As Canada is part of the Paris Convention, Canadian applicants are entitled to a six-month convention priority period to file a corresponding application in other jurisdictions. What that means in practice is that, when you file in other countries within six months of your original filing date, the filing date of that application will be deemed to be the same as your filing date in Canada, putting you ahead of similar applications from others in that jurisdiction who may have filed in the intervening period.

A search of existing industrial designs may be conducted prior to filing an industrial design application through the online industrial design database on the Canadian Intellectual Property Office (CIPO) website. This can help you determine if your design has already been registered by another.

Although CIPO makes this database available online, they will not help you determine whether your design is registrable in advance of filing an application. As such, you should consider hiring an intellectual property lawyer to determine if your design is registrable before filing an industrial design application.

If your design has already been publicly disclosed by you, you must file an application within twelve months of the earliest disclosure date to potentially obtain design protection in Canada.

As part of your application, you will be expected to provide clear and detailed drawings or photographs of your design and a description of what constitutes the design as part of the application. The title of the application must also identify the article to which the industrial design is applied.

Once issued, a Canadian industrial design registration is valid for ten years from the date of registration or fifteen years from the filing date, whichever periods ends later, if the maintenance fee which is due by five years from the registration date is paid. Visit this page to learn more about the Canadian industrial design application process.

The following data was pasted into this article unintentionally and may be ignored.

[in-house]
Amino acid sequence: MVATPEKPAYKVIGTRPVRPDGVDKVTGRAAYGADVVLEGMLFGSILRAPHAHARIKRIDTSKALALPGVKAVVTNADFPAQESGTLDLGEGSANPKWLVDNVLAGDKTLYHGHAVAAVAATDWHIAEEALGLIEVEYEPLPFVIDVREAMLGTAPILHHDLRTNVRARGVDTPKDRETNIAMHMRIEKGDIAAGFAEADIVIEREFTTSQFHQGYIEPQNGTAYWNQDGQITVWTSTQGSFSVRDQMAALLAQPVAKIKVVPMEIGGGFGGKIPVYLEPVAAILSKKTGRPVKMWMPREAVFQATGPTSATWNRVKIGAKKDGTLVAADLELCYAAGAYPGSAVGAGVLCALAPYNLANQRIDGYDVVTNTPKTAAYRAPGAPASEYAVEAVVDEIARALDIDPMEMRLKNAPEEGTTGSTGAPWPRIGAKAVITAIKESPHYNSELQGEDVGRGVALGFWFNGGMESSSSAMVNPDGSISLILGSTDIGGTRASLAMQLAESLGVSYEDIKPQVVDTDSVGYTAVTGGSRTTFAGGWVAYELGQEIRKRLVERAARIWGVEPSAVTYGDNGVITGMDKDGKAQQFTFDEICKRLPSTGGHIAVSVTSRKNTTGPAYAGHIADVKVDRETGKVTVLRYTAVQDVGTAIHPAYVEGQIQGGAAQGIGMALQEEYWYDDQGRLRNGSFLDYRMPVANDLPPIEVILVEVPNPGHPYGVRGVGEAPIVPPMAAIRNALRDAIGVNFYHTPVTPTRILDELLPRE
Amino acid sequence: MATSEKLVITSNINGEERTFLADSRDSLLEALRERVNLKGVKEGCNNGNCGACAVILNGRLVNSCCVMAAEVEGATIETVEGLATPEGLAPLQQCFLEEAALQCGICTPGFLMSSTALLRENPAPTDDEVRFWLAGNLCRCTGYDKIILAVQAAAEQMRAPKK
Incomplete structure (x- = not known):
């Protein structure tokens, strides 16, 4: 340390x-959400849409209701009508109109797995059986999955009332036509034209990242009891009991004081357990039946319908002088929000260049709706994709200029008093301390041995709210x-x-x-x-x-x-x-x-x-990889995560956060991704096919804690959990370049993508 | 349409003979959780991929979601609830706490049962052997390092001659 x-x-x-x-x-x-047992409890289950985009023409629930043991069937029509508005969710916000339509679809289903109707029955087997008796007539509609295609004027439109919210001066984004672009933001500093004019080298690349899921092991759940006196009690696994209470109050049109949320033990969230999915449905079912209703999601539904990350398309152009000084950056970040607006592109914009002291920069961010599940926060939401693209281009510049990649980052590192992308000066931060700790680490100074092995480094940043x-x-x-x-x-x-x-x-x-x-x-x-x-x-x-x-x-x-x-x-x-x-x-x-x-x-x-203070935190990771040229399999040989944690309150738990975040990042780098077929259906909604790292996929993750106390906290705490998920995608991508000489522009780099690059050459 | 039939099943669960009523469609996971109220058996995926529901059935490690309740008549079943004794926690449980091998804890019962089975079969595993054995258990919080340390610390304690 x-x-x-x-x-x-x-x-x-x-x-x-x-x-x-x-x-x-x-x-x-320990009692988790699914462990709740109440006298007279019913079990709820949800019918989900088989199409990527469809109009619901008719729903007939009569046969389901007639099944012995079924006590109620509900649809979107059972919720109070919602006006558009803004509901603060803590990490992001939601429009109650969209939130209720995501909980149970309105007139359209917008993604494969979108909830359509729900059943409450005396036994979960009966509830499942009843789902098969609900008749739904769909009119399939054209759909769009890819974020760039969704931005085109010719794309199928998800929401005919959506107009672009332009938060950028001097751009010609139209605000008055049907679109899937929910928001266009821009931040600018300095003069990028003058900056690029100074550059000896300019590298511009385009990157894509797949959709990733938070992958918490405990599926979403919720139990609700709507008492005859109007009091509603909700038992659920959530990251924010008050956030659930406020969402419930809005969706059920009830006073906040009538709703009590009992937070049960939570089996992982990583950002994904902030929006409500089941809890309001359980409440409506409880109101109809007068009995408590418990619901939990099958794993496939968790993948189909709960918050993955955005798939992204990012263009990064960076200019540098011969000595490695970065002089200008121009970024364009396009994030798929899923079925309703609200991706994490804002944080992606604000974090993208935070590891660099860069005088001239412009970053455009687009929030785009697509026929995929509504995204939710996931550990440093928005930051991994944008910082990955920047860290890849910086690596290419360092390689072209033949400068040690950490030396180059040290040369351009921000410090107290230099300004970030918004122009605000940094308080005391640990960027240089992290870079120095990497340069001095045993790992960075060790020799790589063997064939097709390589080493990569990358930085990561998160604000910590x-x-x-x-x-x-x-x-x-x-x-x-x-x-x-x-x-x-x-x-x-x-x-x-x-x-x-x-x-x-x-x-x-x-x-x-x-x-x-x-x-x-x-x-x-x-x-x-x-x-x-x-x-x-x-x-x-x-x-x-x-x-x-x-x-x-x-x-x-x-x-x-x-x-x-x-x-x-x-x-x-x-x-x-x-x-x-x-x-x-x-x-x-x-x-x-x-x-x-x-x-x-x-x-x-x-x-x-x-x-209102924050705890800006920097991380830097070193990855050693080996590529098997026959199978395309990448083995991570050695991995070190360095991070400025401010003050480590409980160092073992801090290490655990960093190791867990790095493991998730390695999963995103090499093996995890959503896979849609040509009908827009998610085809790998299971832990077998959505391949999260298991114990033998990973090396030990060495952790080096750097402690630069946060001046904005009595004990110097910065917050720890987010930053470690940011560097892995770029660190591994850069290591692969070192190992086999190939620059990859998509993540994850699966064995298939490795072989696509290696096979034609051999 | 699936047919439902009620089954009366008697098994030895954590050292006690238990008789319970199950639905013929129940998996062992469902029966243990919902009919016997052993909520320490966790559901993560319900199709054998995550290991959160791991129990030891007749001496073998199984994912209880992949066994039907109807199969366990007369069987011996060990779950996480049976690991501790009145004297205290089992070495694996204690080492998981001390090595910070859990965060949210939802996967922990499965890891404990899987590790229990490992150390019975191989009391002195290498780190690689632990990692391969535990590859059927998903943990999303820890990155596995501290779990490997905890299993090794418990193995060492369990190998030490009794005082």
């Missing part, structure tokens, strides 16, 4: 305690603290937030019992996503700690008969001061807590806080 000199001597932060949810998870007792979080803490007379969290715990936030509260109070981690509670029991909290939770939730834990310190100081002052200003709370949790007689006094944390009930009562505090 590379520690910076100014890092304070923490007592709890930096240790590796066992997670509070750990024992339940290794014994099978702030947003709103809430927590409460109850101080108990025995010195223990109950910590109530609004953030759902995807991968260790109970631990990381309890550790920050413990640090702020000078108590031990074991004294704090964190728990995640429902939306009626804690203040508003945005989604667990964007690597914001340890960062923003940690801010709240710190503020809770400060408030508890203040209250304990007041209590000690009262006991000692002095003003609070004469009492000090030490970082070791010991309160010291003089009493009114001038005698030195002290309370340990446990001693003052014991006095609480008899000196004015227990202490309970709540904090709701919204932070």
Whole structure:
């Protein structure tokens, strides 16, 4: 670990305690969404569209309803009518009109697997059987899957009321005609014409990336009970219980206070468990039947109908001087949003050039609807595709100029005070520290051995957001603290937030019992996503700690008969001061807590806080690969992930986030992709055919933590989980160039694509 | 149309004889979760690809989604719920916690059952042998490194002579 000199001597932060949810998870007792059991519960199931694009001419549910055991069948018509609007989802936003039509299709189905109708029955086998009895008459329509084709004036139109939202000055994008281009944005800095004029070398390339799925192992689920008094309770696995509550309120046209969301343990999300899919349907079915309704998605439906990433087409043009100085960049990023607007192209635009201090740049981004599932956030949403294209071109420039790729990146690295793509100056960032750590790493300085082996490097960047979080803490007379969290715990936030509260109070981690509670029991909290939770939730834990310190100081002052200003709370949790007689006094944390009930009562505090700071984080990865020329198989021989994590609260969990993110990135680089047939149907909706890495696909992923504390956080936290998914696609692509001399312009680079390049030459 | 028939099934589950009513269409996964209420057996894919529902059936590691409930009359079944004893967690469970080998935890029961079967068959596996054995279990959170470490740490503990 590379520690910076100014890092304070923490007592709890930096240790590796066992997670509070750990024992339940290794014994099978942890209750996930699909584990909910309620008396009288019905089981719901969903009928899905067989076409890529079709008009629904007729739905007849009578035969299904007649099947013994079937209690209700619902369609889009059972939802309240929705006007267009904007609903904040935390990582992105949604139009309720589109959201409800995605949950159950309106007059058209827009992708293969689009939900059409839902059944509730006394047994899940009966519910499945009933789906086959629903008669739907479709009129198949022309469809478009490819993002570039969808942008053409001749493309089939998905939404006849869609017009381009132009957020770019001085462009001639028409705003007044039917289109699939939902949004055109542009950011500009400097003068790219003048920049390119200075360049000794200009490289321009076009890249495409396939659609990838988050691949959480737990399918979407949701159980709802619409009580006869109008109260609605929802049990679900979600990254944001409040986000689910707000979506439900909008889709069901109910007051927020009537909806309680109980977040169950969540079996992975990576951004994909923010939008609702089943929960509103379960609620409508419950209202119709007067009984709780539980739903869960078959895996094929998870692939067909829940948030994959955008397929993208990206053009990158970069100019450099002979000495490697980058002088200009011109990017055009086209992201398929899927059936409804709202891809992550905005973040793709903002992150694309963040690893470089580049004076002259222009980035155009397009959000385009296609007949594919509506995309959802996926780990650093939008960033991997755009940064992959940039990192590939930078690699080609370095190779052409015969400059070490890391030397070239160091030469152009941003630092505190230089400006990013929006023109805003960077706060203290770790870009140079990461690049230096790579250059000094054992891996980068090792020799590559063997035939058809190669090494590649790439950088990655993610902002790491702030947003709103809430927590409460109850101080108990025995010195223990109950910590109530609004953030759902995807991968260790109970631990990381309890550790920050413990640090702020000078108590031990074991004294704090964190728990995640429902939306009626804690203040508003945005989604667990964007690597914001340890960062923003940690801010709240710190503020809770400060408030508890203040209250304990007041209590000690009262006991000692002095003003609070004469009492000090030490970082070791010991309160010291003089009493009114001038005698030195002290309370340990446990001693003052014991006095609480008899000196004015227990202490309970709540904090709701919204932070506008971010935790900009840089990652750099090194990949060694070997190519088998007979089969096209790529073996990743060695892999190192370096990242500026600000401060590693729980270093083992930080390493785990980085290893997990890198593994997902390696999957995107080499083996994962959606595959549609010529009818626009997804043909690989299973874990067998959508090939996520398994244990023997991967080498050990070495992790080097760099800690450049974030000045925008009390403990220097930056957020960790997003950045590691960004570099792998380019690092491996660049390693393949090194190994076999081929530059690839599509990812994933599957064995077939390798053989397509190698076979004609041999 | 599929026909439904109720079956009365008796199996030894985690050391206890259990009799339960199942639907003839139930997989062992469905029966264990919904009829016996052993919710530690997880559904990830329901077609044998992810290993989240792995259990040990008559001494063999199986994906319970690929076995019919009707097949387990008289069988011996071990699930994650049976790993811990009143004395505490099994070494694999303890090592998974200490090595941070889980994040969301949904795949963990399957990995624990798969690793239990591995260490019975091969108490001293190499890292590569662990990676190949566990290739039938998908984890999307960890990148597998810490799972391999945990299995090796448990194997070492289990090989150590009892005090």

Registering your industrial design in other jurisdictions

One of the most common steps for Canadian industrial design owners is to also obtain design protection in the United States. In the U.S., an industrial design is referred to as a design patent, but the application process is otherwise generally like Canada.

You submit an application with drawings and a description of what constitutes your design with the United States Patent and Trademark Office. In the United States, a design patent will be valid for fifteen years from date of issue, with no maintenance fees required to maintain your design patent.

Design protections are country or region-based and in almost every other jurisdiction in the world, you will receive a six-month convention priority period under the Paris Convention that will allow you to file a corresponding application that will be treated as if it were filed as of the original filing date in Canada.

In 2018, Canada acceded to the Hague Agreement Concerning the International Registration of Industrial Designs (Hague System) making an international design application available to Canadian design applicants.

The Hague System provides a mechanism for obtaining protection for your industrial design in multiple jurisdictions through the filing of one single international application and the payment of one set of fees. Please see our resouce on the Hague System for more information.


Design registration can provide significant benefits to your business, including ownership of exclusive rights to manufacture and sale of the design. This will allow you to exclude competitors from the market as well as the potential to profitably sell or license your exclusive rights to your design to others.

If you believe that your industrial design is original and has commercial potential, industrial design registration is a worthwhile investment. To learn more about how to get an industrial design registration in Canada or how to get a design patent in the United States, contact us now for a complimentary and confidential initial telephone appointment with a member of our team.